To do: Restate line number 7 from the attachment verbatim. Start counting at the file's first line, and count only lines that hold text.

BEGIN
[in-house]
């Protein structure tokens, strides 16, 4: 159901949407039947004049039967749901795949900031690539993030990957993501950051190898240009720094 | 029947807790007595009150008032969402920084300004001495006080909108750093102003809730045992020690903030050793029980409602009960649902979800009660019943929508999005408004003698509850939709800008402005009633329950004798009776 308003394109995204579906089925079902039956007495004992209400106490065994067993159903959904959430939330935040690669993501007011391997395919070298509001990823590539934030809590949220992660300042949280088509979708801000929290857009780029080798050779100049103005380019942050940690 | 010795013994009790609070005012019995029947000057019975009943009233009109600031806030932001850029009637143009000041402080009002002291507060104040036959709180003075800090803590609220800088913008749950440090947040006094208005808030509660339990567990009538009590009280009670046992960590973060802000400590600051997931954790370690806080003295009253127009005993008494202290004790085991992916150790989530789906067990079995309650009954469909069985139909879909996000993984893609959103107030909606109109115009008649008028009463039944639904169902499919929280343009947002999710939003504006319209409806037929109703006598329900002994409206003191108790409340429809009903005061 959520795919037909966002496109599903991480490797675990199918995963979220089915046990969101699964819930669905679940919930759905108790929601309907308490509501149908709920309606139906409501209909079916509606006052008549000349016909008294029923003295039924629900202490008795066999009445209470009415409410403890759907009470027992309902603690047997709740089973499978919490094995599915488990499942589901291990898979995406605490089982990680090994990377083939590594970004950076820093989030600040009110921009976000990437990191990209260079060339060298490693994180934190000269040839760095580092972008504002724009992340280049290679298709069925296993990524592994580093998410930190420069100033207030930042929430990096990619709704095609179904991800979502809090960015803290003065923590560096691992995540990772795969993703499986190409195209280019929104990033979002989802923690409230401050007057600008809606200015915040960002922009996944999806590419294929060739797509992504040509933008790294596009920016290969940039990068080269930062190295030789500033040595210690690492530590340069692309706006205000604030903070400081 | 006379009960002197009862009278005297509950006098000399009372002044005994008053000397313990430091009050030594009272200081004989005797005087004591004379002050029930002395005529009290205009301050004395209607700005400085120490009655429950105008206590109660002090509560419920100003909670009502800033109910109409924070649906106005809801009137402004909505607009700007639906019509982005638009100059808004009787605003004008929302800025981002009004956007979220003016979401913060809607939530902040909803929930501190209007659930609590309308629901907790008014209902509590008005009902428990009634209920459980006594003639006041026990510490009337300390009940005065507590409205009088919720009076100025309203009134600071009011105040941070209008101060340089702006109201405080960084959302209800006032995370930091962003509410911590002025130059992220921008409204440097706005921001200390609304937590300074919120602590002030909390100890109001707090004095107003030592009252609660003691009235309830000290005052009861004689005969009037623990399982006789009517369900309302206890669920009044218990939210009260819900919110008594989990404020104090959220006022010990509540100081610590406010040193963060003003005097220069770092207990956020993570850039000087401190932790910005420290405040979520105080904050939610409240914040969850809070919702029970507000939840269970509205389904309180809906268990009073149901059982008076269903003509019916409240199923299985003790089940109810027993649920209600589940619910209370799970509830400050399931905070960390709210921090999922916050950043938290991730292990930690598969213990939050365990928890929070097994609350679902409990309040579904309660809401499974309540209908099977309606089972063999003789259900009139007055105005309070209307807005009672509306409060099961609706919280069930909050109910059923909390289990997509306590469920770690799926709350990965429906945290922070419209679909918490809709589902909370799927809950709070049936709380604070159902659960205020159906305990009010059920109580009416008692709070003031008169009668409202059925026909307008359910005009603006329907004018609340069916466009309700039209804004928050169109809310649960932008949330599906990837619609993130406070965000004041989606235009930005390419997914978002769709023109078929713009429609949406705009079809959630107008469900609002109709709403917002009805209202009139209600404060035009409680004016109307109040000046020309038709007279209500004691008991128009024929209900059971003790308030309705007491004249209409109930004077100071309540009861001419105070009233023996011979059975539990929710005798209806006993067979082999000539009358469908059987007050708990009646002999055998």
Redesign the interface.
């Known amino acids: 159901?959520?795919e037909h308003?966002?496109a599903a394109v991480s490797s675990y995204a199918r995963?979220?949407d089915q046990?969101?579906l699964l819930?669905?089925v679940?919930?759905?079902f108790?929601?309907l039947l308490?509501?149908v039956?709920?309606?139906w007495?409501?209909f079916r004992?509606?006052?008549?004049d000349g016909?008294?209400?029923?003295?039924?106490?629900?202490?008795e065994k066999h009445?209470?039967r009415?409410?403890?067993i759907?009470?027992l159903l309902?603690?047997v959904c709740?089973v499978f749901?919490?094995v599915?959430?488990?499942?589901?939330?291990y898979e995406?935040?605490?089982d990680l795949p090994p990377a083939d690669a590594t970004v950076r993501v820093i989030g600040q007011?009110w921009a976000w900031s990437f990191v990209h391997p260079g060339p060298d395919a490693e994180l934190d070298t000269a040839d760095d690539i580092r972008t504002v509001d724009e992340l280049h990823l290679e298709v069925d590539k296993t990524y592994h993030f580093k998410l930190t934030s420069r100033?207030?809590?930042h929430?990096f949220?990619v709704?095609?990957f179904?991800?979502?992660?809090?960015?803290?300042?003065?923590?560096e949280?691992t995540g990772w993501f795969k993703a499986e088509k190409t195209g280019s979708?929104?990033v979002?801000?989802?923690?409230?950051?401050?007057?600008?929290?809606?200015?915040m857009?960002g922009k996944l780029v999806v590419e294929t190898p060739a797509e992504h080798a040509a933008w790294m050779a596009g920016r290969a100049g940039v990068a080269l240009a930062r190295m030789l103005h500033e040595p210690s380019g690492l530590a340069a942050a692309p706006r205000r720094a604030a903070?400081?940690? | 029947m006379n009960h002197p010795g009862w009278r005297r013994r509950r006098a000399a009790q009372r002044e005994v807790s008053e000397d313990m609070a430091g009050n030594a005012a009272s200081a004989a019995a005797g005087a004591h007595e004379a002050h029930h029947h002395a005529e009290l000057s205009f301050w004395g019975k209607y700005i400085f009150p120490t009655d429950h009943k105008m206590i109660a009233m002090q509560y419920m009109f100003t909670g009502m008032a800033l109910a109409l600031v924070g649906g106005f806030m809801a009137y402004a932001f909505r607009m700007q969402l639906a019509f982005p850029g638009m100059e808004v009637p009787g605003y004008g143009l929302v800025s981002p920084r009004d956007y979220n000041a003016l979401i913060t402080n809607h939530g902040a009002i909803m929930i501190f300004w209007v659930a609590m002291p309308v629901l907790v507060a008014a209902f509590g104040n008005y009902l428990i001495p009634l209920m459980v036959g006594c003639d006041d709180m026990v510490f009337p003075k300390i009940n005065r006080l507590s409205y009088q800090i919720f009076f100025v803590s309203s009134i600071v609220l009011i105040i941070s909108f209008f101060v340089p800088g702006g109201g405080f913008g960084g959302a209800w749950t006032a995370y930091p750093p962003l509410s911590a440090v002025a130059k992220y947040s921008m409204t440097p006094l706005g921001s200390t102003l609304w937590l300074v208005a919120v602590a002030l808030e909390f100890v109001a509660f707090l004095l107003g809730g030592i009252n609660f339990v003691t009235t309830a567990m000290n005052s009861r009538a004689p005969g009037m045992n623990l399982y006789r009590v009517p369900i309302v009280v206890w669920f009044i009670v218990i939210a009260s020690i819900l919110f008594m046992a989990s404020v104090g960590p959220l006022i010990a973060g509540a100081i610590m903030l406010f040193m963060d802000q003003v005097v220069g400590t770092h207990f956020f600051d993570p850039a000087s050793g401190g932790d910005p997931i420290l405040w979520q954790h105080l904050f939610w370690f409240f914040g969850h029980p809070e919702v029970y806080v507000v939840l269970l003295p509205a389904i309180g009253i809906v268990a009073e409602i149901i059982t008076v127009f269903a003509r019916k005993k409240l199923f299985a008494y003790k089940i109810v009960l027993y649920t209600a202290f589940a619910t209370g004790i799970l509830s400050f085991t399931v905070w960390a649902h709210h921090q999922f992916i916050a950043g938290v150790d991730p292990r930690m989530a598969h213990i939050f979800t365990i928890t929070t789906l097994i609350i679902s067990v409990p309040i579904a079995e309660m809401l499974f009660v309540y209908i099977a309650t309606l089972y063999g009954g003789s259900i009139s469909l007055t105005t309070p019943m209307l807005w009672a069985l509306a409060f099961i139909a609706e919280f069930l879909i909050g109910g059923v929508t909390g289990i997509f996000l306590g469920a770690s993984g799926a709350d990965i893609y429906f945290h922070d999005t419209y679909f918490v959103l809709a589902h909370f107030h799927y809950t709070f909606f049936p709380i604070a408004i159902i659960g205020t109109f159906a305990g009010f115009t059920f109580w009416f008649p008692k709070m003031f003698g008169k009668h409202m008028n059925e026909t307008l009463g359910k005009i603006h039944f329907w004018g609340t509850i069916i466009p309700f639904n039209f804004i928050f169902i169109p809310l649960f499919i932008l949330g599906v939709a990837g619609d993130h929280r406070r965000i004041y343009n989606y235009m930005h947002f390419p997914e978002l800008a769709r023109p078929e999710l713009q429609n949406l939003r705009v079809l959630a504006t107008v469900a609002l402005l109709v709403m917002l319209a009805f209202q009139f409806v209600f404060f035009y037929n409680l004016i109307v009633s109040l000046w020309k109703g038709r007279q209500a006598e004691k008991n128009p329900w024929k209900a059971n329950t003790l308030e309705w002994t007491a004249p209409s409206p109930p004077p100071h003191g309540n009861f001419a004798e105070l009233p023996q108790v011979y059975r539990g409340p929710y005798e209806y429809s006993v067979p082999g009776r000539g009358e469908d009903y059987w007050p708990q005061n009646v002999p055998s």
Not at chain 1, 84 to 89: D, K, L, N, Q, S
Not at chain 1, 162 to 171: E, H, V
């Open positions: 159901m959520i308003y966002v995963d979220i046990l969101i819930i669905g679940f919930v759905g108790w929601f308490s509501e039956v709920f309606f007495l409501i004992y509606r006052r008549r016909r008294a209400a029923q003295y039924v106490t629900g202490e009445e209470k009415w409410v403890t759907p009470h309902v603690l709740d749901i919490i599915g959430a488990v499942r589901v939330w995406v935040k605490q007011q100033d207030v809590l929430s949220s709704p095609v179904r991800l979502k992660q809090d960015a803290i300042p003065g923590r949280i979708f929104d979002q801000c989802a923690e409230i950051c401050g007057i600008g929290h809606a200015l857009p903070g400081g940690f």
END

């Open positions: 159901m959520i308003y966002v995963d979220i046990l969101i819930i669905g679940f919930v759905g108790w929601f308490s509501e039956v709920f309606f007495l409501i004992y509606r006052r008549r016909r008294a209400a029923q003295y039924v106490t629900g202490e009445e209470k009415w409410v403890t759907p009470h309902v603690l709740d749901i919490i599915g959430a488990v499942r589901v939330w995406v935040k605490q007011q100033d207030v809590l929430s949220s709704p095609v179904r991800l979502k992660q809090d960015a803290i300042p003065g923590r949280i979708f929104d979002q801000c989802a923690e409230i950051c401050g007057i600008g929290h809606a200015l857009p903070g400081g940690f």